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Over a year ago, I wrote a blog about backing up your computer, found here. In that blog post, I primarily spoke about backing up your computer, and why it is so important. It is extremely important, and can relieve a lot of potential headaches, so if you haven't checked out that blog post yet, please do so.
Right now, however, I wanted to speak about a different type of backup. This one actually seems to be more and more relevant each day. I couldn't count the number of times that someone has brought me a phone saying, "I dropped my iPhone in the river and now it won't turn on, but I need my pictures off of it."
My initial response is always, "Were you backing up your phone?" The blank stares typically answer my question.
Let's make a few things clear, syncing your information to iCloud is NOT the same as backing up your phone to iCloud. On your iPhone (if you're running iOS 11), if you navigate to Settings > Apple ID at the top of the page > iCloud or if you're on an operating system earlier than iOS 11, simply go to Settings > iCloud which is about halfway down the page, you will see a list of items that can be toggled. This list will include Contacts, Reminders, Photos, Notes, etc., etc.
To make one note - if you're phone does go belly-up, and you purchase a new phone or navigate to iCloud.com, you can retrieve all of those items that were syncing. But quite often, people don't realize exactly what they are synching. Just because iCloud is turned on doesn't mean that all of your pictures are backing up. If you truly want your pictures backed up, you need to enable iCloud Photo Library, which will upload all of your pictures to iCloud.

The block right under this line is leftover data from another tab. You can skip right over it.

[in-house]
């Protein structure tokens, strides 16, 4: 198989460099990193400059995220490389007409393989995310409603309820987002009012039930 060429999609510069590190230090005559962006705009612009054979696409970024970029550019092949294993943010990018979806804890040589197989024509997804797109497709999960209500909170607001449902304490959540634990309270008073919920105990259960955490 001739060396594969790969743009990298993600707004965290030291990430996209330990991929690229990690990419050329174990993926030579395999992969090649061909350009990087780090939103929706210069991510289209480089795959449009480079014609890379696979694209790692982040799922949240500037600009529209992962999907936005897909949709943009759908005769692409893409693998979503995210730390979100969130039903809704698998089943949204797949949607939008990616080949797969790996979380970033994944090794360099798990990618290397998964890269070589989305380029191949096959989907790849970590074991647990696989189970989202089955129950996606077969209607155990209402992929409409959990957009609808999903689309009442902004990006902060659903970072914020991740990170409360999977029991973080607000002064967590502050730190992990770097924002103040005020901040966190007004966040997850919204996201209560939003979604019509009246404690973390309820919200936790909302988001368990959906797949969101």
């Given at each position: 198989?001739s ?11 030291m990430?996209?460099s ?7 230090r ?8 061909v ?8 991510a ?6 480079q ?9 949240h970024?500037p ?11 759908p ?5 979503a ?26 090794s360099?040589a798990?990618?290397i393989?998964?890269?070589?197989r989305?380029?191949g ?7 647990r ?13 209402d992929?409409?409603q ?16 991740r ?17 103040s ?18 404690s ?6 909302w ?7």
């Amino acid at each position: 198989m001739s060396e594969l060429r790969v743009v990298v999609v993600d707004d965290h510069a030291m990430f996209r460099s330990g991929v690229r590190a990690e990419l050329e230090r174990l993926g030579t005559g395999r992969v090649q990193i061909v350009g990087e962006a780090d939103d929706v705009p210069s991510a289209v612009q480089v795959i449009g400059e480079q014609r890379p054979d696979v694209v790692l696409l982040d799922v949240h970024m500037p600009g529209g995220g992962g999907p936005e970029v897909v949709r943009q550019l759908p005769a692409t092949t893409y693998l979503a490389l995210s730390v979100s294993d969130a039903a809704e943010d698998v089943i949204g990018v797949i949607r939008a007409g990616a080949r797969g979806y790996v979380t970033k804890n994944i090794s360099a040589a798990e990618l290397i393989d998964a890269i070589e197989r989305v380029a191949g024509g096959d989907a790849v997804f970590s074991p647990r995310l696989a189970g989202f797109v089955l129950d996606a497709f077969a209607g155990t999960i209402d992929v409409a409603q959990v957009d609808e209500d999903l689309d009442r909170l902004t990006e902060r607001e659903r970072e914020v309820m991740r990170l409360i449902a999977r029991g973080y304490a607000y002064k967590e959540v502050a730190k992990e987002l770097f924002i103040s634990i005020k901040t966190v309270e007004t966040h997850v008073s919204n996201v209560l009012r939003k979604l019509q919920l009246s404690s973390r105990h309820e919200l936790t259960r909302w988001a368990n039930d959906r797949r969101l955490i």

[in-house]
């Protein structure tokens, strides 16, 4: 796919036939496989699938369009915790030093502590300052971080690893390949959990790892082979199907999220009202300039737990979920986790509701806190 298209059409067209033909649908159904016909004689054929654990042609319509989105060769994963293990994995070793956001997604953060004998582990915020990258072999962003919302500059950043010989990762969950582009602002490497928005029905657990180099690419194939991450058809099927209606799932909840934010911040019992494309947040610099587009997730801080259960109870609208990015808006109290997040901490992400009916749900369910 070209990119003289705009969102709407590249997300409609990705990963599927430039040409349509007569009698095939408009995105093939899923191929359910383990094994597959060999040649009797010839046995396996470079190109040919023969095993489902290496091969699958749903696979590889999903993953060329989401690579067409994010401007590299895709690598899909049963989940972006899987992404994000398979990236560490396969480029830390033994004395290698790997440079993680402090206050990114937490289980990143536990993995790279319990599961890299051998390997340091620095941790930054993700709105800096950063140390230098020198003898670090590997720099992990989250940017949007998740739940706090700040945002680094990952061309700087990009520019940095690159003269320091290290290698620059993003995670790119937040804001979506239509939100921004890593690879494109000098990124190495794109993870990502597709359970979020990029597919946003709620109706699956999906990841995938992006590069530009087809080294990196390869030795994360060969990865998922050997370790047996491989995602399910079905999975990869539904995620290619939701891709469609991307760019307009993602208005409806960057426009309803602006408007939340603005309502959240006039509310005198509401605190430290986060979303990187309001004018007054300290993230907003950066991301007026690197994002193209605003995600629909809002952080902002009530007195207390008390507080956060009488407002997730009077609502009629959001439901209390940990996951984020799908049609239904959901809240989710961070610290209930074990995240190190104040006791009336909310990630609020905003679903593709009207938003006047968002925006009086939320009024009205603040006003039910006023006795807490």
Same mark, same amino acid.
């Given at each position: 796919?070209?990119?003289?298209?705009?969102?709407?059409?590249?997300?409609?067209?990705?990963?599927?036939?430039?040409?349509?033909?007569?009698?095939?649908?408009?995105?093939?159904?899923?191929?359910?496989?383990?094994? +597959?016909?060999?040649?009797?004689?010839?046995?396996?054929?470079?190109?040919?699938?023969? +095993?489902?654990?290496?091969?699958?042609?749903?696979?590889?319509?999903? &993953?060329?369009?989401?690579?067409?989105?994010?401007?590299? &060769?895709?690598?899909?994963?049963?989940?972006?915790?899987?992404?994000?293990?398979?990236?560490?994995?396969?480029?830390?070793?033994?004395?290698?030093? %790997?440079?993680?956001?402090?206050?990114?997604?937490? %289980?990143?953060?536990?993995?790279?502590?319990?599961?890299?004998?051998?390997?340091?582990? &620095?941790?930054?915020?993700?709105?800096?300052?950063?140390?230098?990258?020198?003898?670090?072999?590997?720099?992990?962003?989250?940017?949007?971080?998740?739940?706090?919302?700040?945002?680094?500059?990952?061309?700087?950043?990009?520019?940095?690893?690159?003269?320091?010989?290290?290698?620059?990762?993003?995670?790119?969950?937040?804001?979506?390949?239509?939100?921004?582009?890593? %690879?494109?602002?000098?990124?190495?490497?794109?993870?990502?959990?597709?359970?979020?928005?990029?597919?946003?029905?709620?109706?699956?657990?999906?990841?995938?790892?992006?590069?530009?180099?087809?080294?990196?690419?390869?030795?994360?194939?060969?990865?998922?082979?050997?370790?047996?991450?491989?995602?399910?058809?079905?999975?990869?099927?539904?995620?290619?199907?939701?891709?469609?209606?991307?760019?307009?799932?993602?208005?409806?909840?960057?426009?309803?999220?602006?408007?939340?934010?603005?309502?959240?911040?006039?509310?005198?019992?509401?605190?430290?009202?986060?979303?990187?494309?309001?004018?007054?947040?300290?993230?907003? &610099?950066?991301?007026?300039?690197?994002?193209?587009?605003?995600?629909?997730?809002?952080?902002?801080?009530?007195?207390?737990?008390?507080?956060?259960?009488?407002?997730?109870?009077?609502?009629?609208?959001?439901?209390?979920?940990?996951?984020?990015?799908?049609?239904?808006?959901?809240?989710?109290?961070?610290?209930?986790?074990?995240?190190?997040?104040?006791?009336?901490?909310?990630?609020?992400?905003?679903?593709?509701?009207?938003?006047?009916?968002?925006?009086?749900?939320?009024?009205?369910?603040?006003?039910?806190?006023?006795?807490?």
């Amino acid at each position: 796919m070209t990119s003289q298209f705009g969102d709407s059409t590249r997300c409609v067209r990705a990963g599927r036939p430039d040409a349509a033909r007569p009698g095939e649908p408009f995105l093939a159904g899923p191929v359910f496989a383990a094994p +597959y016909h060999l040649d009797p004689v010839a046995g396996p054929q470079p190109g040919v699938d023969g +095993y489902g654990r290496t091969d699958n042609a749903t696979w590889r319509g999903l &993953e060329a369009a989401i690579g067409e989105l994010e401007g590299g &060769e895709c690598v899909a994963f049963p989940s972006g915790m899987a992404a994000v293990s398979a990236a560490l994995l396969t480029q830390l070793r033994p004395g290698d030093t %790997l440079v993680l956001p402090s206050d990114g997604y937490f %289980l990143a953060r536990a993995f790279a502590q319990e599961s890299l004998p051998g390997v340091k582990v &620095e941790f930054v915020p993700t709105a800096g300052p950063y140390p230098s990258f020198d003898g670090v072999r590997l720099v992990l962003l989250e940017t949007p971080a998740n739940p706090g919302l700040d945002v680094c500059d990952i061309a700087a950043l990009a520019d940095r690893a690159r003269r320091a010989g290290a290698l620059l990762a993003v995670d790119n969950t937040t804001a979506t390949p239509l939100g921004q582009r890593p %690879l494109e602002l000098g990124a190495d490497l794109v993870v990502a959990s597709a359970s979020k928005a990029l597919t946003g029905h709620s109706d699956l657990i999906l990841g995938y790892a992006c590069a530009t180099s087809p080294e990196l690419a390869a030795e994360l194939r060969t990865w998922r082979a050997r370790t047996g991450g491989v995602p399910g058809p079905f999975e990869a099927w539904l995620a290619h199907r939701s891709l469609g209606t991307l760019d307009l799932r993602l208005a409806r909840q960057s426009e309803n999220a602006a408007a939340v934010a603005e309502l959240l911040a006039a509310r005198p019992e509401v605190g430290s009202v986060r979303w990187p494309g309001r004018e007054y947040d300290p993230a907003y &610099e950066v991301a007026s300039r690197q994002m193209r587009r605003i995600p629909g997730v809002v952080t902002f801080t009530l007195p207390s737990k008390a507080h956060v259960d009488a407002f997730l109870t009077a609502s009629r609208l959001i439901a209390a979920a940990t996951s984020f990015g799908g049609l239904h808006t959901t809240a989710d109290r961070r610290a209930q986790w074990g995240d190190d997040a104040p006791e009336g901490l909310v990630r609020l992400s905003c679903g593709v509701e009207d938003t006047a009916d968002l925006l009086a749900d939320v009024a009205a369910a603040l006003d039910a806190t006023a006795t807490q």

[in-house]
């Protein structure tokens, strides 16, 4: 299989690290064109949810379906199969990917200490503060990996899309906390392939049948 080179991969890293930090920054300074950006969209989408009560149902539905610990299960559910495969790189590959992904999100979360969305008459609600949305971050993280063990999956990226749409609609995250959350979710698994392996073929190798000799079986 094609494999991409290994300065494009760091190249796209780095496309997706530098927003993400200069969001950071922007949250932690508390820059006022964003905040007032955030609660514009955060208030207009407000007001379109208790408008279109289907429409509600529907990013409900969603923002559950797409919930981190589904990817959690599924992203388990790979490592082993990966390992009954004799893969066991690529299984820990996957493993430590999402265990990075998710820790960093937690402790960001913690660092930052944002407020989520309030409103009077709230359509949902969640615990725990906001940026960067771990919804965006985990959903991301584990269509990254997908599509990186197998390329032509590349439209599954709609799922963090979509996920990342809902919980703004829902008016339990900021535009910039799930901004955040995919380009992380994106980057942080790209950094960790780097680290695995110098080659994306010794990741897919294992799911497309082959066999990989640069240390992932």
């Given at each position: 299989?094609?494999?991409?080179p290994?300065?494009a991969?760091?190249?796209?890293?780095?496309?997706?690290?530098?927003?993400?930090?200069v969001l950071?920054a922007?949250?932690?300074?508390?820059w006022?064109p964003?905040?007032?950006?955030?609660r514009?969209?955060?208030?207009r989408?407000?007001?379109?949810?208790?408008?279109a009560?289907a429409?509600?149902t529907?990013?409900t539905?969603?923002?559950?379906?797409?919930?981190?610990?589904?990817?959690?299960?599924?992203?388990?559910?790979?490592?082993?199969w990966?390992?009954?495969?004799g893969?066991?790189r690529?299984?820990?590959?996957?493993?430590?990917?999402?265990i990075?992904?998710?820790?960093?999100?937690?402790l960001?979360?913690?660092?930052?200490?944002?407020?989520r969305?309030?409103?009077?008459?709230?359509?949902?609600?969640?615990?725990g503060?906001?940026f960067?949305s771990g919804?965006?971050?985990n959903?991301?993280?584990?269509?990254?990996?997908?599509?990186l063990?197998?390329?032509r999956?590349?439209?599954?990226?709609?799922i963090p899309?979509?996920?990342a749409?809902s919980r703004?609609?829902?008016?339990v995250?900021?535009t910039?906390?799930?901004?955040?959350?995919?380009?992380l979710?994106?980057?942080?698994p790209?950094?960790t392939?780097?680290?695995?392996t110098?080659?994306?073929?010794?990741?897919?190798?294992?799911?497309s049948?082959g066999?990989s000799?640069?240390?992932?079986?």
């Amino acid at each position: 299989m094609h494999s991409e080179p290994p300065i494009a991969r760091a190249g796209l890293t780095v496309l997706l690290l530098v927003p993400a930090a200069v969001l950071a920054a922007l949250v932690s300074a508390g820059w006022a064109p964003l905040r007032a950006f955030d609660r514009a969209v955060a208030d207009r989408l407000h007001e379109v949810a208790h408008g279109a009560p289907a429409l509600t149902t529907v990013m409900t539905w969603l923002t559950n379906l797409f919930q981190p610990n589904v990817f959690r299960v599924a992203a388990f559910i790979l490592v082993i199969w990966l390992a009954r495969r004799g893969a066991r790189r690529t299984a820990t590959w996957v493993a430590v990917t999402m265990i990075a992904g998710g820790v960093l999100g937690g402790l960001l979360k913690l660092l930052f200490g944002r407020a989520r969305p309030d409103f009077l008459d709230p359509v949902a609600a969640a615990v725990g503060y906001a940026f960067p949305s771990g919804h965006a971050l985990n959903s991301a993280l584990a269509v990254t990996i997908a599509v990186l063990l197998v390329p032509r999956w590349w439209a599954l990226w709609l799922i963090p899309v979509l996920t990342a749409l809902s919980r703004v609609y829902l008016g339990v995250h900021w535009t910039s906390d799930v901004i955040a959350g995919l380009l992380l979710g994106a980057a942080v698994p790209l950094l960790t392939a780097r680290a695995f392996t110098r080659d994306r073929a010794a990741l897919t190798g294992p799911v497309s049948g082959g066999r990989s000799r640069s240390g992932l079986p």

Don't worry, this is where the staunch opposition of iCloud users get their wish. The most stable way to do a backup...is to your computer. Not only are you backing up your iPhone/iPad to a physical device, hopefully you are backing up your computer, which then technically means you have to backups of your device.
To achieve this, plug your device into your computer (for the sake of this article, we'll use an iPhone). Open up the iTunes on your computer, Mac or PC. Allow a minute for your computer to recognize your device, and then you should see the device button (pictured below).
Once that loads, you will see the option to "Back Up To This Computer" and to "Encrypt iPhone Backup." If you check the box, as show below) then watch the area at the top of iTunes where you currently see the logo, you will see that your device will start backing up.
The best thing about an encrypted iPhone backup to your computer is that it saved all of the passwords, Wifi Settings, Website History, and Health Data, so if you use an Apple Watch, you should absolutely do it this way.
Note: You will have to set a password to encrypt your backup. As with any password, make sure you remember it, because if you don't, you cannot recover that data.